What really happened to the dinosaurs 65 million years ago? One PA Virtual family headed to Rowan University’s Fossil Park earlier this month to find out!
Dinosaur lover and PA Virtual 7th grader Joshua Griffith and his family spent the day at the fossil park learning about the importance of this particular fossil pit and digging into layers of earth that were formed during the Jurassic period. Eventually Josh found a shark tooth, piece of turtle shell, pieces of sponges and a piece of bone. Of course, we know sharks don’t live in New Jersey, but millions of years ago, part of Southern New Jersey was a shallow sea making sea animals fairly common to find among other fossils.
Fossil Park, an extension of Rowan’s School of Earth & Environment has only been open to the public for a little over a year. Under the leadership of Dr. Kenneth Lacovara, the 65 acre quarry may hold the key to what happened during the mass extinction that eliminated the dinosaurs. Dr. Lacovara was one of the key researches in discovering what may be the largest dinosaur to ever roam the earth - the Dreadnoughtus. It took over four years to transport the remains from where they were found in in Patagonia, Argentina to Philadelphia to be studied.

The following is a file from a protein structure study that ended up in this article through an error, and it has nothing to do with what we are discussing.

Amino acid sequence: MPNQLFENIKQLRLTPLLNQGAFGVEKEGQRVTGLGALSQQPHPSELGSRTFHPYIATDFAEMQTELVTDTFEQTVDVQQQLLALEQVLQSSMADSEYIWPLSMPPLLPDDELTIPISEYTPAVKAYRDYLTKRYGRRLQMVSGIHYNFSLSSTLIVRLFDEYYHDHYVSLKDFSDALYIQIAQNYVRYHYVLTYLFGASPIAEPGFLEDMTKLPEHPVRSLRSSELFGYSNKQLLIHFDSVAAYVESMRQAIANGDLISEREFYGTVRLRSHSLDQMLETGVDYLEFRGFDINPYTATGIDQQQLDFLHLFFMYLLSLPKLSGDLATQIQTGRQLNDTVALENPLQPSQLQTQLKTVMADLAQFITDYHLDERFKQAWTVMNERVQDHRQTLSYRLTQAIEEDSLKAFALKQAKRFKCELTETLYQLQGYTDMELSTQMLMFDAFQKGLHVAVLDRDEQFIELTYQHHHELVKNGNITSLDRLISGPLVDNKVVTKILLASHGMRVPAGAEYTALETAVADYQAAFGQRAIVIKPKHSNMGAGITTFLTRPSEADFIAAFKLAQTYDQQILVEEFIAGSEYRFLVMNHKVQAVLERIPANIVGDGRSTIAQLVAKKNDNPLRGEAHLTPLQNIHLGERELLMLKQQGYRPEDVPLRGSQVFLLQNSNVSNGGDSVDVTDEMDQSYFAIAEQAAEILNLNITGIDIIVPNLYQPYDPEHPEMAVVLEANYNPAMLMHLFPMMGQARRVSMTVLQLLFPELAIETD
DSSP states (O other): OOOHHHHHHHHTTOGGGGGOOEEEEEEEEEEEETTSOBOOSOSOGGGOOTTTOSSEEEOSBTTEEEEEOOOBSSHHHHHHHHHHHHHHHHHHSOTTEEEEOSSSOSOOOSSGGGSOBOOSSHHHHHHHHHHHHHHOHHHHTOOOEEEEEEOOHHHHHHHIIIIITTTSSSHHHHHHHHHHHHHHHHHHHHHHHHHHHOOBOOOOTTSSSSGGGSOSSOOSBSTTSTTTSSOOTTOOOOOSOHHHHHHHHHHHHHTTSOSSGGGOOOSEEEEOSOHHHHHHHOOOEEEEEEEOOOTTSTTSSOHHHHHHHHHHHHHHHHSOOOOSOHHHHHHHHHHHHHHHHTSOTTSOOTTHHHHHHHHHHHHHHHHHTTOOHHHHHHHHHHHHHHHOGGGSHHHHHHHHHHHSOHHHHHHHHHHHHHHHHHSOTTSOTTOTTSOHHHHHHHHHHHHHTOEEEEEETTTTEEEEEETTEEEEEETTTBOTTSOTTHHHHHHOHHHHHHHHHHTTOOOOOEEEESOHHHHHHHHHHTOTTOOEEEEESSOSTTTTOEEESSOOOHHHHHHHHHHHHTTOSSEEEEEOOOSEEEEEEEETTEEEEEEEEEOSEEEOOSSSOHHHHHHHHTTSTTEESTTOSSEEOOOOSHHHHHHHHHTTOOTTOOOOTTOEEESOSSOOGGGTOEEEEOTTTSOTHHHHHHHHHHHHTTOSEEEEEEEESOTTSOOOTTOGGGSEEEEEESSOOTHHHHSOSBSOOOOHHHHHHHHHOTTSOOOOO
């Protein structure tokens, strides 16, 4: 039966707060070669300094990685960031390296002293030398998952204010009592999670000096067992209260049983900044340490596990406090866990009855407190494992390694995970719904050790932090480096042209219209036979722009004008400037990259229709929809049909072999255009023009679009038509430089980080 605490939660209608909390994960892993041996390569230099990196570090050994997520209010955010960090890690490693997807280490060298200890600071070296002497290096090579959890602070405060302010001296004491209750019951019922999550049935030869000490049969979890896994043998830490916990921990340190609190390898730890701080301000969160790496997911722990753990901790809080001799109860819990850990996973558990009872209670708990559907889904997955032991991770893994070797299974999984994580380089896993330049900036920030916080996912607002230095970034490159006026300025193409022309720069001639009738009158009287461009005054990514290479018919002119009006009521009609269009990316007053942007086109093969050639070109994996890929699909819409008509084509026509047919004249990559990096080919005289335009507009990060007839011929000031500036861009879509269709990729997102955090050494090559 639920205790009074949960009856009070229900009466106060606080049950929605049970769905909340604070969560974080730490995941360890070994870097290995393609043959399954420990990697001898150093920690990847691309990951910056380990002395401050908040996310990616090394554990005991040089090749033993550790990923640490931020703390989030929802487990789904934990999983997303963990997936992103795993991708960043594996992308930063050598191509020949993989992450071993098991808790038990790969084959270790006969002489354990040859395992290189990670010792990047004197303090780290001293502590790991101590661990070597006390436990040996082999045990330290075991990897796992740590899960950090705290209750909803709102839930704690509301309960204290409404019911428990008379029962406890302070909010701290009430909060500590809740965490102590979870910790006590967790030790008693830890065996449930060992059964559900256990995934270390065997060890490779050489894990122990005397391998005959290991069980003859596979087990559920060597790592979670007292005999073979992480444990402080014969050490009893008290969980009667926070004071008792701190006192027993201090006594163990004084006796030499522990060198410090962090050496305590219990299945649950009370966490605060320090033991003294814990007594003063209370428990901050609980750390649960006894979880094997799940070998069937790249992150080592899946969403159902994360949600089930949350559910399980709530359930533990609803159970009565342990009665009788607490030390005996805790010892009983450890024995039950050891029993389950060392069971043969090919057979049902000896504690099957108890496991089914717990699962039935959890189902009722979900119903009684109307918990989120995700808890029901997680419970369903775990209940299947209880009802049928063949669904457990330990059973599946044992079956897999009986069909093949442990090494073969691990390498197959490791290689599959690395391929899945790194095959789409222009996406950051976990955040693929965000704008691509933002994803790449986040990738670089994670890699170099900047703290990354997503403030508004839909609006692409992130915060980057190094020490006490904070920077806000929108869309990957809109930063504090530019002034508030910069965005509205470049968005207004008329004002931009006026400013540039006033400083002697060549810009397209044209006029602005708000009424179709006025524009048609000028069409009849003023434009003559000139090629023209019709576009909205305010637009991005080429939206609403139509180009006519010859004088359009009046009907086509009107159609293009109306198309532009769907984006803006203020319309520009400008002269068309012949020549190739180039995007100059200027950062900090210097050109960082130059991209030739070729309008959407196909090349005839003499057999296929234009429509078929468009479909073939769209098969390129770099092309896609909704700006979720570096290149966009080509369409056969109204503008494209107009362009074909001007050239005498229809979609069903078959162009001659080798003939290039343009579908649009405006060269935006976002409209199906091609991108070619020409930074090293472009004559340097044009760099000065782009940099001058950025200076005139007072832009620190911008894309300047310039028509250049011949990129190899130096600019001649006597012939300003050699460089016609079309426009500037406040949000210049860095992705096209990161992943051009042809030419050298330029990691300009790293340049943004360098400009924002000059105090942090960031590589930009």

The site has welcomed hundreds of local students in hopes of uncovering fossils and other clues to the past, but dig days are limited to four days each spring and fall. The Griffith’s were part of just 75 people who were able to take part in the dig, which began with an informative presentation and a chance to work side by side with Rowan’s paleontologists.
Want to learn more about Rowan’s Fossil Park and Dr. Lacovara? Check out his recent TED Talk about hunting for dinosaurs!